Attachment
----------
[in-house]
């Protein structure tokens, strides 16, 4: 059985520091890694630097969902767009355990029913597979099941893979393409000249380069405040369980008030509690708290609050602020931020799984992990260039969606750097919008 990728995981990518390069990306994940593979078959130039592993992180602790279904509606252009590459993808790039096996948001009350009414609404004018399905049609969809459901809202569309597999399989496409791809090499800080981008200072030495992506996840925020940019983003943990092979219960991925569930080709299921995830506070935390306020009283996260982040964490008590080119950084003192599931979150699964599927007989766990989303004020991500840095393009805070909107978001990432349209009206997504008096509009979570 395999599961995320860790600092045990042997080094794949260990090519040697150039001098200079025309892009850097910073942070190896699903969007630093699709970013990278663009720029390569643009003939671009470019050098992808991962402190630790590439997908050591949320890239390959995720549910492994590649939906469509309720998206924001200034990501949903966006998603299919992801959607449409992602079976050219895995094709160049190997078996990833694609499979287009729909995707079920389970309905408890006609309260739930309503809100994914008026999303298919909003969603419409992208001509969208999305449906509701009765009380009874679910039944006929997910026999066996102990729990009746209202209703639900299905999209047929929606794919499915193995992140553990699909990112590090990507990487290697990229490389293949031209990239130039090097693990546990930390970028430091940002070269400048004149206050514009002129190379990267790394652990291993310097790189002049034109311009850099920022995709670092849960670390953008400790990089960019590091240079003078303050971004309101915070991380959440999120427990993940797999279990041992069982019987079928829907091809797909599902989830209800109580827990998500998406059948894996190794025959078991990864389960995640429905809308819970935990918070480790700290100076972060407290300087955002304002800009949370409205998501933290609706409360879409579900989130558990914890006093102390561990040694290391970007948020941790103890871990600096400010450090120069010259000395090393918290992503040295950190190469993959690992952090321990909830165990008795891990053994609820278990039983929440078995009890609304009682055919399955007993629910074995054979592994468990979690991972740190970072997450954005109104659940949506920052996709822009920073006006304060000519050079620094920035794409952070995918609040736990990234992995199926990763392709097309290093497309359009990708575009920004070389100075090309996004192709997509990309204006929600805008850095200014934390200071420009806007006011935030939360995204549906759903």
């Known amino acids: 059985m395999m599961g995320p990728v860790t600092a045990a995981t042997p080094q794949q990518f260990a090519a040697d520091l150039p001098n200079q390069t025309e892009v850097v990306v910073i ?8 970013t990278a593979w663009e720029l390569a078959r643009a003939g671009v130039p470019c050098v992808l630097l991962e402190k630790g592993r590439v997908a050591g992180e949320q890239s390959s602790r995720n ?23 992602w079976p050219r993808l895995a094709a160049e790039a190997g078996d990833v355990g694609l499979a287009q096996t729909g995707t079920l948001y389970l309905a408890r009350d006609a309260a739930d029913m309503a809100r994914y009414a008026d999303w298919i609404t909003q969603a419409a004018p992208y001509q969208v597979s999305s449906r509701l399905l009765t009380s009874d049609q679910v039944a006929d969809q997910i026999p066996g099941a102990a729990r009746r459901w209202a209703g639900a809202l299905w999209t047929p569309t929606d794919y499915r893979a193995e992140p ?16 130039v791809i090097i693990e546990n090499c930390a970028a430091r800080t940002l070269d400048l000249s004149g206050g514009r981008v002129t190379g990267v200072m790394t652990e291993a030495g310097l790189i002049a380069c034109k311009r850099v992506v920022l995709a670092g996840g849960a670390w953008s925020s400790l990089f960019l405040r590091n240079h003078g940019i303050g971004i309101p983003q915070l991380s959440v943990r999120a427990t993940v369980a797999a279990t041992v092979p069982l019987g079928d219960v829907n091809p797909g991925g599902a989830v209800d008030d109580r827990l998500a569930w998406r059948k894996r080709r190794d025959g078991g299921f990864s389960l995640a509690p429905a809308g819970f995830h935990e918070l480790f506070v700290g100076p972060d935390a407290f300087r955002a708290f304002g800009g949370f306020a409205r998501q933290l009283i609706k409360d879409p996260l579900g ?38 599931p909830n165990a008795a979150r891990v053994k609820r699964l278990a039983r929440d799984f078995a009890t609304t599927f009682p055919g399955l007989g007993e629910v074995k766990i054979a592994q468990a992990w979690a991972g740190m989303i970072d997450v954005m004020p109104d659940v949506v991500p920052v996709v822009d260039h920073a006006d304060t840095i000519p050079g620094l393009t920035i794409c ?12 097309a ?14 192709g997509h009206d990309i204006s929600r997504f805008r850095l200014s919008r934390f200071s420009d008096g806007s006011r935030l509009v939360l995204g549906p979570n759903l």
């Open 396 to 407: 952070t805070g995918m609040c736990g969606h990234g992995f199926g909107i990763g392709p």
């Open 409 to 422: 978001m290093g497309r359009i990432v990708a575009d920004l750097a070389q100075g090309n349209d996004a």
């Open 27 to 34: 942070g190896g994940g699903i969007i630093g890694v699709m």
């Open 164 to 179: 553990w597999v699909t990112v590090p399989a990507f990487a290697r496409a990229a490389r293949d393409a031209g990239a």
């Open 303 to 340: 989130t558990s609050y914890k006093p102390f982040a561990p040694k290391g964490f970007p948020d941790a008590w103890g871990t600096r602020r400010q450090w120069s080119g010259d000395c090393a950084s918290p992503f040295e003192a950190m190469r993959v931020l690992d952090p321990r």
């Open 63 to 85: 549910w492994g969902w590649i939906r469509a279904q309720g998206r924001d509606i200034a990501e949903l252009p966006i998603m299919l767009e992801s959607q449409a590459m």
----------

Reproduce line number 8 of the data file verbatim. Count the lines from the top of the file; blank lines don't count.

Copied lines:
């Open 303 to 340: 989130t558990s609050y914890k006093p102390f982040a561990p040694k290391g964490f970007p948020d941790a008590w103890g871990t600096r602020r400010q450090w120069s080119g010259d000395c090393a950084s918290p992503f040295e003192a950190m190469r993959v931020l690992d952090p321990r």